Bandleader Gil Evans once said of Cecil Taylor, "when I hear him I burst out laughing in pleasure because his work is so full of things...There's so much going on." That having been said, Evans would likely be doubled over on the floor, provided he were listening to this spirited Dave Burrell LP. "Echo," the album's opener, begins with a low-end piano crash and, from there, all hell breaks loose. From the opening seconds, every member of this all-star ensemble -- save for Grachan Moncur III, maybe -- is simply blowing or pounding his respective brains out. Interestingly, the sheer incessancy of the group's collective attack, as brutal as it first appears, becomes pleasantly numbing after a while. Make no mistake, though, if "Echo" isn't the noisiest jazz song in the world, it's damned close. This is some seriously free improvisation that may prove too much for the casual avant-garde listener. Thankfully, the session's other tune, "Peace," provides a bit more room to breathe and at least some semblance of a theme. On this one, Burrell runs a simple cascading scale up and down and back and forth, lending the piece a swirling, dreamy feel -- just the antidote for the tension found on side one. Specifics aside, Echo is monster of an LP. The ensemble represented here is a veritable who's who of the 1969 Paris free jazz scene: Archie Shepp, Clifford Thornton, Alan Silva, Sunny Murray, Arthur Jones, Burrell, and the aforementioned Grachan Moncur III. True, this music isn't for everyone, but few groups played hardcore free jazz as well as what you will hear on Echo. These guys were (and still are) the real deal. No questions asked.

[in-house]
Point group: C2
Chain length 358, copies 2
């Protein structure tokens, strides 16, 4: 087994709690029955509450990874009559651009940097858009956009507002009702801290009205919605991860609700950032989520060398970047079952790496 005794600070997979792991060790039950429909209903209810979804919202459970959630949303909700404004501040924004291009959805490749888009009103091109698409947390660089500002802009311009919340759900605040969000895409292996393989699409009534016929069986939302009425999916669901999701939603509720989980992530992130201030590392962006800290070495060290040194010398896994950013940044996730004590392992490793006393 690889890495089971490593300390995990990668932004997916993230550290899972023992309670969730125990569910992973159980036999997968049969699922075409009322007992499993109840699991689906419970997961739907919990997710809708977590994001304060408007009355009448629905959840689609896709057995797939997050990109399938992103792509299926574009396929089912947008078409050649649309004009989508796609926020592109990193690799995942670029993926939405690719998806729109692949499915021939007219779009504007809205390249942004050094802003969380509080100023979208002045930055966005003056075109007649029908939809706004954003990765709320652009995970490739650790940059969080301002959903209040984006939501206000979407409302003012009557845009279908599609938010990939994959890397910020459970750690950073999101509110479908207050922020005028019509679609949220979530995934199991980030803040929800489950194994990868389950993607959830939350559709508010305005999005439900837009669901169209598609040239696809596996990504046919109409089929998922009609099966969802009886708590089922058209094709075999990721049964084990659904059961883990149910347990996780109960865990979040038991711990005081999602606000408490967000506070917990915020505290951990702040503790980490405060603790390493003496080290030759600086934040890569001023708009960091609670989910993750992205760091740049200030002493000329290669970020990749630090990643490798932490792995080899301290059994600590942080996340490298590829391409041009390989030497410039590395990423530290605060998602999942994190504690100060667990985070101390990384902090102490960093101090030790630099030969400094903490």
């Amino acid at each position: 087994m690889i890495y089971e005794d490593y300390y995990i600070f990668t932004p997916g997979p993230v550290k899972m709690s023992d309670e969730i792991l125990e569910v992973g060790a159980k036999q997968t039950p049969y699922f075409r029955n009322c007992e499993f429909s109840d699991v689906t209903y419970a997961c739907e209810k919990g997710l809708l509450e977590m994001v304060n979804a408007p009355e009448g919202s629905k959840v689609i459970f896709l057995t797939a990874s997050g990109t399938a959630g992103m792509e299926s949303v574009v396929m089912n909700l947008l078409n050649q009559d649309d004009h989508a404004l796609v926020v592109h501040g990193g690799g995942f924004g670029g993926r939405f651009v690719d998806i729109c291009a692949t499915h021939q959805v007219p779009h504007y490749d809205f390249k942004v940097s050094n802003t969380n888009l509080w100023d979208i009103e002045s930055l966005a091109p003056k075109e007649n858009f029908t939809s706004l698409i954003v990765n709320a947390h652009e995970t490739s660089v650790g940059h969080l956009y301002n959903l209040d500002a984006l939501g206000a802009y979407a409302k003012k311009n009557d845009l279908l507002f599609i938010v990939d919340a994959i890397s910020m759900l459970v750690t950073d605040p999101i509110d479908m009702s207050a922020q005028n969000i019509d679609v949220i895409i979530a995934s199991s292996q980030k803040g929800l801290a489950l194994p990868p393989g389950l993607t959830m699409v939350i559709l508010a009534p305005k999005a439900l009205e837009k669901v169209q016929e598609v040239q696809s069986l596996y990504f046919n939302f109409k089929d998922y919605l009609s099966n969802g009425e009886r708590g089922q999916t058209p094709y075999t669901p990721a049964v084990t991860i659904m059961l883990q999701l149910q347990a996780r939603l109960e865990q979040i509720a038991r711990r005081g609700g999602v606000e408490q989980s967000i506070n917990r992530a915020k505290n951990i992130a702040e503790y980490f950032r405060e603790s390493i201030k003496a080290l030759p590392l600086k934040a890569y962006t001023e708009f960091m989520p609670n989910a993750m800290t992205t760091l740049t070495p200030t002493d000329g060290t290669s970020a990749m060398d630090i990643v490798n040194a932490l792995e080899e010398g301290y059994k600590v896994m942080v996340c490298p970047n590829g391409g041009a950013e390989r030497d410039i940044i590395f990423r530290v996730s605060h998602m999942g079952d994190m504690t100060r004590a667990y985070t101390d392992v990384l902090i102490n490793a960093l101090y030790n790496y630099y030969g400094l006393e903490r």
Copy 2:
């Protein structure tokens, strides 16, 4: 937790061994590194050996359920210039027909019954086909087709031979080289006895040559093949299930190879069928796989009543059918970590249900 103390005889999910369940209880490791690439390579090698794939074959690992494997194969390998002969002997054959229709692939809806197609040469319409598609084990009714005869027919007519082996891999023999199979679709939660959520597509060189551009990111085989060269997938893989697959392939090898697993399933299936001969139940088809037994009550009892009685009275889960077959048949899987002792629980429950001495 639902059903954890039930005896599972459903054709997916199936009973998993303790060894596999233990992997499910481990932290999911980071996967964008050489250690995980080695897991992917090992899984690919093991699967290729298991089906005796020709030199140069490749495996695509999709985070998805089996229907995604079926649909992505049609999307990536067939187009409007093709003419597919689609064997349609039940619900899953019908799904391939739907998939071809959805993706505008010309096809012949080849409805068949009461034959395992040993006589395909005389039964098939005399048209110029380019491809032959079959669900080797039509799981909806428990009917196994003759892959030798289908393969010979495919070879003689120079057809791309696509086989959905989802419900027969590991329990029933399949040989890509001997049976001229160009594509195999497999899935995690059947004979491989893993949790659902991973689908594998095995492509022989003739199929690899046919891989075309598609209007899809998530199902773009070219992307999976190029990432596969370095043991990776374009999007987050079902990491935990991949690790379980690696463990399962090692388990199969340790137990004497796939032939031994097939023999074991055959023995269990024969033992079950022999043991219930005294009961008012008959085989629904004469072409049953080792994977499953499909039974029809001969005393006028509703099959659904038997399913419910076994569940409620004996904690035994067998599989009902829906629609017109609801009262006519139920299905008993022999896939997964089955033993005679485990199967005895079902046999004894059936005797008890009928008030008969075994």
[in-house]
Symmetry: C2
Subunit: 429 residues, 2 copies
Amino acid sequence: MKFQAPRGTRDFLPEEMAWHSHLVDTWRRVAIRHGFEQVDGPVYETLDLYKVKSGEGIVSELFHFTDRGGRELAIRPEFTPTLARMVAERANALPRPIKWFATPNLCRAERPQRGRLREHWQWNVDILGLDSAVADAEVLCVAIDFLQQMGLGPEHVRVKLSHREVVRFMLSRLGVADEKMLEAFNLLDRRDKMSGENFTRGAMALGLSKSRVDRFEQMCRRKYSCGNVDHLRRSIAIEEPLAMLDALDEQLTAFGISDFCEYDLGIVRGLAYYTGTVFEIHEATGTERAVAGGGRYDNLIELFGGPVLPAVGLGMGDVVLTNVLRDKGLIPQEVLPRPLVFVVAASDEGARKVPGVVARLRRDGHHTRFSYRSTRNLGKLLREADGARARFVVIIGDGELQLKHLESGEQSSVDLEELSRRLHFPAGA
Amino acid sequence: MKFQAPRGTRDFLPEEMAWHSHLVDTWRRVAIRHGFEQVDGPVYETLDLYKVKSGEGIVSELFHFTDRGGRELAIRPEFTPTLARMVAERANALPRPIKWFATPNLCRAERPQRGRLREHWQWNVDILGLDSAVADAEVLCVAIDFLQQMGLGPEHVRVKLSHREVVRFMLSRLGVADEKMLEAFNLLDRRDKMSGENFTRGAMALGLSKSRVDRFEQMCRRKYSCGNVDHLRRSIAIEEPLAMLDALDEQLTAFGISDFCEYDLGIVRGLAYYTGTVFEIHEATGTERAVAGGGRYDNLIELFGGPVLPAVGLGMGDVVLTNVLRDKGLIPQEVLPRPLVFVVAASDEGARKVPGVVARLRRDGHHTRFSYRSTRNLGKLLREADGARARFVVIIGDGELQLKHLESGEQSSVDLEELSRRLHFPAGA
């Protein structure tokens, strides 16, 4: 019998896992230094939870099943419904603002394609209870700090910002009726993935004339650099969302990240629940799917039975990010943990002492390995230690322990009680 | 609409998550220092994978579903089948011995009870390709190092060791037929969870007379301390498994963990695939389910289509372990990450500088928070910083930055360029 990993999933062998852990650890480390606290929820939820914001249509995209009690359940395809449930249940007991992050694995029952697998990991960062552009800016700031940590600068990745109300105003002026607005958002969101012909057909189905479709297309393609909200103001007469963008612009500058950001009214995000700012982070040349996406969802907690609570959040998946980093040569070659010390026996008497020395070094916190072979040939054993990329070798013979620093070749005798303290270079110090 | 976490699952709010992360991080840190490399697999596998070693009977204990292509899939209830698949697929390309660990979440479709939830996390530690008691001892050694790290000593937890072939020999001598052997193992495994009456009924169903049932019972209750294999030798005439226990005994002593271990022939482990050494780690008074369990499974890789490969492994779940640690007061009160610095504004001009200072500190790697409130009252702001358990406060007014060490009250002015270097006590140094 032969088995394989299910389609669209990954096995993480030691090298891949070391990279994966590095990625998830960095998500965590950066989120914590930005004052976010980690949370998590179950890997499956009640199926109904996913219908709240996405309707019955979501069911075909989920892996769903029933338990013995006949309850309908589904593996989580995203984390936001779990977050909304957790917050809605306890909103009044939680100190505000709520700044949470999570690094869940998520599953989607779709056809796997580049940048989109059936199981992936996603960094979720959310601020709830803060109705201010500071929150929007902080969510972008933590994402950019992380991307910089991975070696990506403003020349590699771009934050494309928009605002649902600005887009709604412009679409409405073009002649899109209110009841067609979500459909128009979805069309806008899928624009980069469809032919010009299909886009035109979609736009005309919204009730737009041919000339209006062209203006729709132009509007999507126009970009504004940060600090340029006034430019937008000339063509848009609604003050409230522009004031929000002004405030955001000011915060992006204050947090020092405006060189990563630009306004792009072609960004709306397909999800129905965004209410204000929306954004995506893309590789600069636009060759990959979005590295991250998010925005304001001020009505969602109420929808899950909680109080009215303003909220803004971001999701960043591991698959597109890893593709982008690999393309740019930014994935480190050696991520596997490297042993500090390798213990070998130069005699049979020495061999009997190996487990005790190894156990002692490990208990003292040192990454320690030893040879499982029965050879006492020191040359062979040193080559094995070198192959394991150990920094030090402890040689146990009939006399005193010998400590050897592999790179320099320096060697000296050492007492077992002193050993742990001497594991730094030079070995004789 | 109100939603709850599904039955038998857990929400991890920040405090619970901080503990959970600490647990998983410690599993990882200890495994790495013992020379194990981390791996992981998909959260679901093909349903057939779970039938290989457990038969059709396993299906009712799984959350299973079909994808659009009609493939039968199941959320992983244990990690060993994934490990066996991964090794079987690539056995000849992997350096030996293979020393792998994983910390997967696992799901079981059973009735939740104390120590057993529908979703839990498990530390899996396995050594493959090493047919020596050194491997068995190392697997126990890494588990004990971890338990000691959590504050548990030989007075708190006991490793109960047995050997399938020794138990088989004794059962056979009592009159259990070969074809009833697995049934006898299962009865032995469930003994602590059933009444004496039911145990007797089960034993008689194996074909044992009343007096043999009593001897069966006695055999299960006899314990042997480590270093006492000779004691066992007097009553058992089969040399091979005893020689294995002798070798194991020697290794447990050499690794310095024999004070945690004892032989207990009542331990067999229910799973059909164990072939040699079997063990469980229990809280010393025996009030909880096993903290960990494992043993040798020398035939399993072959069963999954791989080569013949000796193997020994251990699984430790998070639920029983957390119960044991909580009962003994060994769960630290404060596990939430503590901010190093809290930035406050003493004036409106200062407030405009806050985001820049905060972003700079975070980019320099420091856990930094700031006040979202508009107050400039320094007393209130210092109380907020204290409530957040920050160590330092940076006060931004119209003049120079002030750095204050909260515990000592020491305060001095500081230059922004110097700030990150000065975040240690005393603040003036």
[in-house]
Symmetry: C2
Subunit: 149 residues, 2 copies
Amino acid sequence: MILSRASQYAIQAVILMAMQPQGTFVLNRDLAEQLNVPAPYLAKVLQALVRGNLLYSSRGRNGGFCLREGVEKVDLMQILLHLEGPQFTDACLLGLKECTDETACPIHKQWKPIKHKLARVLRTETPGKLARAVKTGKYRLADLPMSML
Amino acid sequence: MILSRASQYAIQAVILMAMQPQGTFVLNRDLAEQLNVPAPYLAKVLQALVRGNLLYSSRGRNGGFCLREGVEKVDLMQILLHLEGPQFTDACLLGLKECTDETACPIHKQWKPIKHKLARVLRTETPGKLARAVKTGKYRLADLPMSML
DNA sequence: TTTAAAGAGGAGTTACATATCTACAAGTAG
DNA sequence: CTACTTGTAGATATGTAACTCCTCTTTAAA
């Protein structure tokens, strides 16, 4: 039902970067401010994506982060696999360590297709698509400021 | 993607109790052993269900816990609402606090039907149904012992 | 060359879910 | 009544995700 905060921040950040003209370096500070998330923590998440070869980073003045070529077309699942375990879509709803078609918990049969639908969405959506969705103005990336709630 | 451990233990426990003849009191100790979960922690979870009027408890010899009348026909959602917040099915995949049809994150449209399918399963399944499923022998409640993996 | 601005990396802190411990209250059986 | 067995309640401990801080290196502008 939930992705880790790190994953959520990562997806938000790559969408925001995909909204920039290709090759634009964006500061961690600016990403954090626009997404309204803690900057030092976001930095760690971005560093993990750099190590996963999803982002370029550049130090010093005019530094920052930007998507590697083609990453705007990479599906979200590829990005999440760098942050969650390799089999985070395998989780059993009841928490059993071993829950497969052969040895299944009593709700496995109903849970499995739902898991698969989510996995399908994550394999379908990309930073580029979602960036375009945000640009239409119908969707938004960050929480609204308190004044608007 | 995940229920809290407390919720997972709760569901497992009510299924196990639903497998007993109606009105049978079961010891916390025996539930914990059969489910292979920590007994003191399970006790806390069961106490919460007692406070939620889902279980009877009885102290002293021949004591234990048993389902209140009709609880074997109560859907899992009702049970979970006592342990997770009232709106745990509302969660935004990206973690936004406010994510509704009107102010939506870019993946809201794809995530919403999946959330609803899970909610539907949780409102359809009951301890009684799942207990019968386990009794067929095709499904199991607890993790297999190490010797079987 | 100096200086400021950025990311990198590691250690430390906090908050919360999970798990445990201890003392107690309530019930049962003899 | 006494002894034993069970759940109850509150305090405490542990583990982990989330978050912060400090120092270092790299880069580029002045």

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AllMusic Review by Brandon Burke